Literary Terms 1-77

Ad hominem argument
From the Latin meaning “to or against the man,” this is an argument that appeals to emotion rather than reason, to feeling rather than intellect.
Allegory
The device of using character and/or story elements symbolically to represent an abstraction in addition to the literal meaning.
Alliteration
The repetition of sounds, especially initial consonant sounds in two or more neighboring words ( as in ” she sells sea shells”).
Allusion
A direct or indirect reference to something which is presumably commonly known, such as an event, book, myth, place, or work of art.
Ambiguity
The multiple meanings, either intentional or unintentional, of a word, phrase, sentence, or passage.
Analogy
A similarity or comparison between two different things or the relationship between them.
Antecedent
The word, phrase, or clause referred to by a pronoun. The AP language exam occasionally asks for the _______ of a given pronoun in a long, complex sentence or in a group of sentences.
Aphorism
A terse statement of known authorship which expresses a general truth or moral principle. (If the authorship is unknown, the statement is generally considered to be a folk proverb.)
Apostrophe
A figure of speech that directly addresses an absent or imaginary person or personified abstraction, such as liberty or love. The effect may add familiarity or emotional intensity.
Atmosphere
The emotional mood created by the entirety of a literary work, established partly by the setting and partly by the author’s choice of objects that are described.
Clause
~ independent
~ dependent
A grammatical unit that contains both a subject and a verb.
~ expresses a complete thought and can stand alone as a sentence.
~ cannot stand alone as a sentence and must be accompanied by an independent clause.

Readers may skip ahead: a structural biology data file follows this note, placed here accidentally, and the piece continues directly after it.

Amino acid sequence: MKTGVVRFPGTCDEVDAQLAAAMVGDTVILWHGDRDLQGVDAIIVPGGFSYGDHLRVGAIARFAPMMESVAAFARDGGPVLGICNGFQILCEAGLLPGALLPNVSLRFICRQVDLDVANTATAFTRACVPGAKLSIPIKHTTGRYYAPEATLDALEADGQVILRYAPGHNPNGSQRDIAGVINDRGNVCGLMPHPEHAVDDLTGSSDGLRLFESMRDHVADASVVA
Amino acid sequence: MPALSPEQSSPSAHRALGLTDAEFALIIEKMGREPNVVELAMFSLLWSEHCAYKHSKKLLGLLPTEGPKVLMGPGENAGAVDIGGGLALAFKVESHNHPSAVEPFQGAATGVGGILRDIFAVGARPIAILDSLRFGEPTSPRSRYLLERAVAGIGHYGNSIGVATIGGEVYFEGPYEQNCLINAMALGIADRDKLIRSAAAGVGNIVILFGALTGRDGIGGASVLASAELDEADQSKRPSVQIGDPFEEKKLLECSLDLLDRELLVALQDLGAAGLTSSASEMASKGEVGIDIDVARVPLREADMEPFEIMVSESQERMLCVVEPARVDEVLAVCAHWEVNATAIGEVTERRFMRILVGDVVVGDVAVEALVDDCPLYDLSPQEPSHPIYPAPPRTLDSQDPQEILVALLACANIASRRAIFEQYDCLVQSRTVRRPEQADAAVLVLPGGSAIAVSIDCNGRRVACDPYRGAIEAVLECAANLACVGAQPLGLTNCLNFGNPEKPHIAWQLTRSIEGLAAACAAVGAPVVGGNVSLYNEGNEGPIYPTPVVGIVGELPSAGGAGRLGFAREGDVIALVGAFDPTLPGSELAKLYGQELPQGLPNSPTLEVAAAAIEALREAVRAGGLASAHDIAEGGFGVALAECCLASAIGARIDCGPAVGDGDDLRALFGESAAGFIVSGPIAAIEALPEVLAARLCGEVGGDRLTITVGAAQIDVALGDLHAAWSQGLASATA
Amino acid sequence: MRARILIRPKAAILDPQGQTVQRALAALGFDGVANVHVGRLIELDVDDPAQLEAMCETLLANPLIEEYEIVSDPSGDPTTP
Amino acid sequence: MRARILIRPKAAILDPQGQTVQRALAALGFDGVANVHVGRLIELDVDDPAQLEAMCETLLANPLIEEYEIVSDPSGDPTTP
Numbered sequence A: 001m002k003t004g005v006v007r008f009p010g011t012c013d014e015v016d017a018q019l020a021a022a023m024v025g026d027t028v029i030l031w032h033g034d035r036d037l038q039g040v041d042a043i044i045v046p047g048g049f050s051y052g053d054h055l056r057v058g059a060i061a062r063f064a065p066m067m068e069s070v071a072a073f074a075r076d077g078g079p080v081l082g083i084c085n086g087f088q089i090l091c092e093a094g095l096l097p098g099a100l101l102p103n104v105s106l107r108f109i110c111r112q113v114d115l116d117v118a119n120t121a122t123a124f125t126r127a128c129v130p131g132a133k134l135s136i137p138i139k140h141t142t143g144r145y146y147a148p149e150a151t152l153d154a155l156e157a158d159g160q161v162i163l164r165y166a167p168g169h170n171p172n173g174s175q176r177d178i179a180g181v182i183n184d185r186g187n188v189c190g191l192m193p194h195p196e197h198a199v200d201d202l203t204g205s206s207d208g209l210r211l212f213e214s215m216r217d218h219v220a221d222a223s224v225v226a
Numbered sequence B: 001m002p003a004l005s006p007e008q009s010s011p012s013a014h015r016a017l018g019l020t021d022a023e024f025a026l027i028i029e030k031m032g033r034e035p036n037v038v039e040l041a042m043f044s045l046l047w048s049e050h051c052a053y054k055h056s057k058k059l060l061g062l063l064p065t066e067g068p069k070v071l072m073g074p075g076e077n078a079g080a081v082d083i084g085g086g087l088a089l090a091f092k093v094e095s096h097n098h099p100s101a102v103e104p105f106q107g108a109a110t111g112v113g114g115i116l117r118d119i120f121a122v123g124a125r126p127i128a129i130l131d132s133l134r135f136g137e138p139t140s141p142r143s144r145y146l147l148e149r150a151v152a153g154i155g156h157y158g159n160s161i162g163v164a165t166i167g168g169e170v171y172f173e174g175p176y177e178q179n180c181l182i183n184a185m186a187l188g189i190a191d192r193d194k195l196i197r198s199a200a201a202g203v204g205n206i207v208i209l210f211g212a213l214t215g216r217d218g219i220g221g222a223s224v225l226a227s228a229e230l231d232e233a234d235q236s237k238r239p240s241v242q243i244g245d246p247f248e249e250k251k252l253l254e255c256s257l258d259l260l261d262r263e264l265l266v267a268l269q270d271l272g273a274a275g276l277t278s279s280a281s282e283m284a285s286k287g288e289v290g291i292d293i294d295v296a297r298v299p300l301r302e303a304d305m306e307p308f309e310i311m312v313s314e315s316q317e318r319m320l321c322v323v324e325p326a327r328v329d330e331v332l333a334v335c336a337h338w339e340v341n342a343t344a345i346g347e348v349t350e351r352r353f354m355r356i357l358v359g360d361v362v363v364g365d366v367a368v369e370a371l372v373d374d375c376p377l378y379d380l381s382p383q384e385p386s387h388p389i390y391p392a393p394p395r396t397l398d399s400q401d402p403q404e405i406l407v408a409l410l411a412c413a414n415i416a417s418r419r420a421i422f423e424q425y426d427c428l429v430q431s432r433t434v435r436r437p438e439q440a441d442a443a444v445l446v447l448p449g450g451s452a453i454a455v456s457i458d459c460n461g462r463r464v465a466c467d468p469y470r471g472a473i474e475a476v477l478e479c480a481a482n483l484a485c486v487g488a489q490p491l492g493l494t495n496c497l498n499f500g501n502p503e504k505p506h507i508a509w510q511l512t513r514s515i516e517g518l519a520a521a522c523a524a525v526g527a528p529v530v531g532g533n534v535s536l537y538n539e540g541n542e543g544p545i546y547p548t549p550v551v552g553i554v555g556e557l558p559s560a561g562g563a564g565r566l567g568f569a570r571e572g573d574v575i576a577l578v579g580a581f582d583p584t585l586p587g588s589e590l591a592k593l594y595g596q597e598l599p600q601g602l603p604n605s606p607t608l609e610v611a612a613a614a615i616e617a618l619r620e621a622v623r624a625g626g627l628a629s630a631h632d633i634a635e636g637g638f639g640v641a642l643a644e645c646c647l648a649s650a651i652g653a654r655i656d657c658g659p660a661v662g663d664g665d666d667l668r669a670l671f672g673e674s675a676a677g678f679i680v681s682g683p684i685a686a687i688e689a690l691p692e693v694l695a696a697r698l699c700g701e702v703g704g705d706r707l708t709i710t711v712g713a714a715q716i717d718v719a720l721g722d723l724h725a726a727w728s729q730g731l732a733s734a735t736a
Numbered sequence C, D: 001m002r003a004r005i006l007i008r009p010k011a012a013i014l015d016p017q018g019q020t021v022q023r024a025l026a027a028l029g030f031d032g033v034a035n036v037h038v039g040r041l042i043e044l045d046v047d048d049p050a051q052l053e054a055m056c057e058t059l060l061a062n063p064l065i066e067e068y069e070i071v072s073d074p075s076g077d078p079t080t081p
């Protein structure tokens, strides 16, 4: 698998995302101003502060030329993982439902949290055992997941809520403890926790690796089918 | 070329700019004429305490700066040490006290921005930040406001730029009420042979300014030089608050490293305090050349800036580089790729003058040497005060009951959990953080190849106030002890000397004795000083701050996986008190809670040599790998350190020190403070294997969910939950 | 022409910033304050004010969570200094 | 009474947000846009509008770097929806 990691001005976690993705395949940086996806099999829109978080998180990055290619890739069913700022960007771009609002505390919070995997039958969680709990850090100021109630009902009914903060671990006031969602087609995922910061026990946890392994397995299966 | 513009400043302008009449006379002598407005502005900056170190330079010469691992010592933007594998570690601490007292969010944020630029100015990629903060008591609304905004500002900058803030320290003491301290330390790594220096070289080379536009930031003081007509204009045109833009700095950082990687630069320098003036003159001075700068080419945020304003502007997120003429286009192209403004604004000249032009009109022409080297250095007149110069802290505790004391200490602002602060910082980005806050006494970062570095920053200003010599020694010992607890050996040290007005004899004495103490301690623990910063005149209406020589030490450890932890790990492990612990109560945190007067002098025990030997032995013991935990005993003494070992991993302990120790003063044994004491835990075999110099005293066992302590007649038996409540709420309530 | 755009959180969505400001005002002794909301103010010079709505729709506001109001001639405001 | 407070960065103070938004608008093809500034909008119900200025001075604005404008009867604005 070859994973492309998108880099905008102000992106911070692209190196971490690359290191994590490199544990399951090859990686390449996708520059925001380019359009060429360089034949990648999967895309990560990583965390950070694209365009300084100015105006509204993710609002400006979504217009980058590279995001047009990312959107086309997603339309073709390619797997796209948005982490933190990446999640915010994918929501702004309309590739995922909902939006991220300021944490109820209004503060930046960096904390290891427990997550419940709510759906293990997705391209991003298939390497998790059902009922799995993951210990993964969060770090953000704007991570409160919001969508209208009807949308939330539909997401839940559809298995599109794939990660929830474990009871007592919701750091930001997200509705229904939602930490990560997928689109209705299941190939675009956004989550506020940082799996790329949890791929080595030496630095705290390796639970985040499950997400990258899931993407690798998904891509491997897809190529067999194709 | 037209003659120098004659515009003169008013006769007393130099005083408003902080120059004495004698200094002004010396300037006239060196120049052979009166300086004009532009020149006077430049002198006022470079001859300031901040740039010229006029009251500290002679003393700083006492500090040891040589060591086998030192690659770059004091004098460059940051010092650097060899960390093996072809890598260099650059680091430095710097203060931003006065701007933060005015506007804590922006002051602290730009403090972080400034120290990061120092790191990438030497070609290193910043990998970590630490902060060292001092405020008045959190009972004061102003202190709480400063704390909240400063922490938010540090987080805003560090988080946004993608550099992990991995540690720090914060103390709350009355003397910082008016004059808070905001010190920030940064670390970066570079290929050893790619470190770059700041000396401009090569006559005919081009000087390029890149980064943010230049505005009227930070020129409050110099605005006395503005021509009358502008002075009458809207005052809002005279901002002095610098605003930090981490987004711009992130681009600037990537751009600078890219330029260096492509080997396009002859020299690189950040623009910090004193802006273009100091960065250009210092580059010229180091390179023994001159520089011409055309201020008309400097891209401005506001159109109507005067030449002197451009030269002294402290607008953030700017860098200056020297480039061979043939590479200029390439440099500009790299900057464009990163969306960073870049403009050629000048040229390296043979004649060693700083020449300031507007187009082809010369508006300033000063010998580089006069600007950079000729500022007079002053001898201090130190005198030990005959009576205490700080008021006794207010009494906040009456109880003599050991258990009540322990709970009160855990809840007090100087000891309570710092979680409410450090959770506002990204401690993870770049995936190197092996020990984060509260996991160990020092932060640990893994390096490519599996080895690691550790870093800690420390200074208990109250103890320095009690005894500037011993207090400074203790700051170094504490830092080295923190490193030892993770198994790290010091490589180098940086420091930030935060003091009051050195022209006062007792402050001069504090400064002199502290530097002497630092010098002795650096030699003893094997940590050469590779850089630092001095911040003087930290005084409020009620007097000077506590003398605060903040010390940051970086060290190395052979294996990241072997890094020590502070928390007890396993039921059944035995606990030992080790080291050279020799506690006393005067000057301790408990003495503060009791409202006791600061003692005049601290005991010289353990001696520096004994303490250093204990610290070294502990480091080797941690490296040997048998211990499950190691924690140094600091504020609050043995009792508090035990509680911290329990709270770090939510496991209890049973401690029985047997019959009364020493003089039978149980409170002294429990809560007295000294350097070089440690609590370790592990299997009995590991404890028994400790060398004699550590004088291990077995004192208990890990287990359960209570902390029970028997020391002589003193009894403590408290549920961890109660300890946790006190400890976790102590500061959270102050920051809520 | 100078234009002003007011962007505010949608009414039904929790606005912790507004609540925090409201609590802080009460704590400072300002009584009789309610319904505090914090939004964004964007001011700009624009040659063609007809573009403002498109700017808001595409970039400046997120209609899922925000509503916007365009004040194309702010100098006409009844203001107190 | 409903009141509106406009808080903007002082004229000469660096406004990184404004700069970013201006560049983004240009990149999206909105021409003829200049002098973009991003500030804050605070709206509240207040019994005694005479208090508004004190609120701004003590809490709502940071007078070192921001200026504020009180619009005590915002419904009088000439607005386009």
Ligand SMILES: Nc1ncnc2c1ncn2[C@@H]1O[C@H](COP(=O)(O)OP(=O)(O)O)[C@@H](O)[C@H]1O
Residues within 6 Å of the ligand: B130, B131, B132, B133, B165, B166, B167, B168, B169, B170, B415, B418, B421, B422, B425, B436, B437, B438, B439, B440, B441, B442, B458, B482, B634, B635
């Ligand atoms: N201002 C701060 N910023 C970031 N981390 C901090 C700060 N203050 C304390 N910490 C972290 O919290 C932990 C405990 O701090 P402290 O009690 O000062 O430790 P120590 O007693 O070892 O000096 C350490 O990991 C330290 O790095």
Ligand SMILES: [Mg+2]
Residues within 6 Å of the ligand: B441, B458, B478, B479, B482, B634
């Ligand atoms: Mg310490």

Colloquial/Colloquialism
The use of slang or informalities in speech or writing. Not generally acceptable for formal writing.
Conceit
A fanciful expression, usually in the form of an extended metaphor or surprising analogy between seemingly dissimilar objects.
Connotation
The nonliteral, associative meaning of a word; the implied, suggested meaning.
Denotation
The strict, literal, dictionary definition of a word, devoid of any emotion, attitude, or color.
Diction
Related to style, refers to the writer’s word choices, especially with regard to their correctness, clearness, or effectiveness.
Didactic
From the Greek, literally means, “teaching.” Primary aim of teaching or instructing, especially the teaching of moral or ethical principles.
Euphemism
From the Greek for “good speech,” are a more agreeable or less offensive substitute for generally unpleasant words or concepts.
Extended Metaphor
developed at great length, occurring frequently in or throughout a work.
Figurative language
Writing or speech that is not intended to carry literal meaning and is usually meant to be imaginative and vivid.
Figure of speech
is where a word or words are used to create an effect, often where they do not have their original or literal meaning.
where the word is used to heighten or increase the state that they are describing
Many compare dissimilar things. Include, for example, apostrophe, hyperbole, irony, metaphor, metonymy, oxymoron. Paradox, personification, simile, synecdoche, and understatement.
Generic conventions
This term describes traditions for each genre. Helps to define each genre; for example, they differentiate between an essay and journalistic writing or an autobiography and political writing.
Genre
The major category into which a literary work fits. The basic divisions of literature are prose, poetry, and drama.
Homily
This term literally means “sermon,” but more informally, it can include any serious talk, speech, or lecture involving moral or spiritual device.
Hyperbole
A figure of speech using deliberate exaggeration or overstatement. Often have a comic effect; however, a serious effect is also possible. Often produces irony at the same time.
Imagery
The sensory details or figurative language used to describe, arouse emotion, or represent abstractions.
Inference/infer
To draw reasonable conclusions from the information presented.
Invective
An emotionally violent, verbal denunciation or attack using strong, abusive language.
Irony/ironic

a)verbal irony

b) Situational Irony

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c) Dramatic irony

The contrast between what is stated explicitly and what is really meant; the difference between what appears to be and what actually is true.

a)the words literally state the opposite of the writer’s (or speaker’s) true meaning.

b) events turn out the opposite of what was expected. What the characters and readers think ought to happen is not what does happen.